"This is all about patient safety," said William L. Thomas, chief medical officer for MedStar Health of Columbia, Md.
MedStar is going further than New York and HCA at its facilities, which include Georgetown University Hospital, Washington Hospital Center and National Rehabilitation Hospital in the District; four hospitals in the Baltimore area; and 19 health-care-related companies with more than 100 locations throughout Maryland and Washington, including physicians' offices, hospices, rehabilitation centers and outpatient clinics.
MedStar is requiring vaccination of all 25,000 of its workers -- including nurses, orderlies, janitors and food-services employees -- as well as 5,000 affiliated doctors, every volunteer, and employees of suppliers who step inside any of its facilities, regardless of whether they routinely have direct patient contact.
While hospital administrators and several employees interviewed at MedStar facilities said most employees are eager to get vaccinated, some are angry.
"I'm scared," said Sandra Webb, 45, of the District, who has a clerical job at Washington Hospital Center and blames a flu shot she had several years ago for making her sick. "It's really freaking me out. I don't know what to do."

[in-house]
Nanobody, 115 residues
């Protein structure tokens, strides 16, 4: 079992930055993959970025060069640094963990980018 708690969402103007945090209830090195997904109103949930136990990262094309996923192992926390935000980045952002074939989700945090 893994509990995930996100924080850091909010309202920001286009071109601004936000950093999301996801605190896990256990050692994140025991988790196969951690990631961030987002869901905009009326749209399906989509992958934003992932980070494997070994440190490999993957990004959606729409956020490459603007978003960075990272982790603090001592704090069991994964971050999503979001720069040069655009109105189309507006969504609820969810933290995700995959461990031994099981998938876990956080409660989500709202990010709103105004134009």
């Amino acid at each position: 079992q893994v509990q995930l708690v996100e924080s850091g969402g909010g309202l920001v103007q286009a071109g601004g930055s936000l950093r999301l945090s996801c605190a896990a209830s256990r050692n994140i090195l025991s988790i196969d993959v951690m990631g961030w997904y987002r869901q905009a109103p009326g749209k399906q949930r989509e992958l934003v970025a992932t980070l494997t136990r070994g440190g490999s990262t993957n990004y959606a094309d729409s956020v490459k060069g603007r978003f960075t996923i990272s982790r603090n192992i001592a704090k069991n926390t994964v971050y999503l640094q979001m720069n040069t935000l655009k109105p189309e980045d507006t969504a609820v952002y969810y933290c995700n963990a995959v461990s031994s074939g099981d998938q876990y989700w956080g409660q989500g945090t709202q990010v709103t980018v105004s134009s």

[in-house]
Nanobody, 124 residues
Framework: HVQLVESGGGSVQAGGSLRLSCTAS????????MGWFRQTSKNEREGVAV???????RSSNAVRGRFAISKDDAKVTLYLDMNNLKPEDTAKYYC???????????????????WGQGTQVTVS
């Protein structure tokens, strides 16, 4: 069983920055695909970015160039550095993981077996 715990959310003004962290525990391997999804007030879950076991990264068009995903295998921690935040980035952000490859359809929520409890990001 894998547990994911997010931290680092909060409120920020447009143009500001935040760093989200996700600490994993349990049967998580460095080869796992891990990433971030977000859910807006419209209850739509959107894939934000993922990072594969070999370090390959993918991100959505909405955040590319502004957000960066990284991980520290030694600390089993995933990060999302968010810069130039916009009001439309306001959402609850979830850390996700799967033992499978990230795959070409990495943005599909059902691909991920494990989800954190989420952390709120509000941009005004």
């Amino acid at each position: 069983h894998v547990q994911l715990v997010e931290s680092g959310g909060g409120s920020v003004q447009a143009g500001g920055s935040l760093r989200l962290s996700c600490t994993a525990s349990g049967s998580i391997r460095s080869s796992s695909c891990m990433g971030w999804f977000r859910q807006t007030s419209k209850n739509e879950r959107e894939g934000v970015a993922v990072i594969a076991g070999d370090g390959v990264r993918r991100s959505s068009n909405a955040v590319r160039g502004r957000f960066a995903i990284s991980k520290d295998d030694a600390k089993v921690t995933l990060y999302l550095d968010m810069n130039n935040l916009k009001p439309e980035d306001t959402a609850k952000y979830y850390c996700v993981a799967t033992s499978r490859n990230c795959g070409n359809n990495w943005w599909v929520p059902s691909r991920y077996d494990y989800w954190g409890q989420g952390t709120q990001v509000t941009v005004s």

MedStar, the state of New York, HCA and other entities requiring vaccination are allowing exemptions for employees who have medical reasons for not getting vaccinated, such as egg allergies or risk factors for a rare complication known as Guilliame-Barre syndrome. MedStar and HCA and others also allow workers with religious objections to be exempted.
In New York, however, where the policy affects about 522,000 employees, no religious exemptions are allowed. Workers who refuse would be assigned to duties that do not involve patient contact, and they could face further disciplinary action.
"I have a problem with being mandated to put something in my body," said Sandra Morales, a labor and delivery nurse at Beth Israel Medical Center in New York City. HCA employees who do not get vaccinated will have to wear surgical masks during the flu season or be dismissed. MedStar workers who refuse would face disciplinary action, including possibly being fired.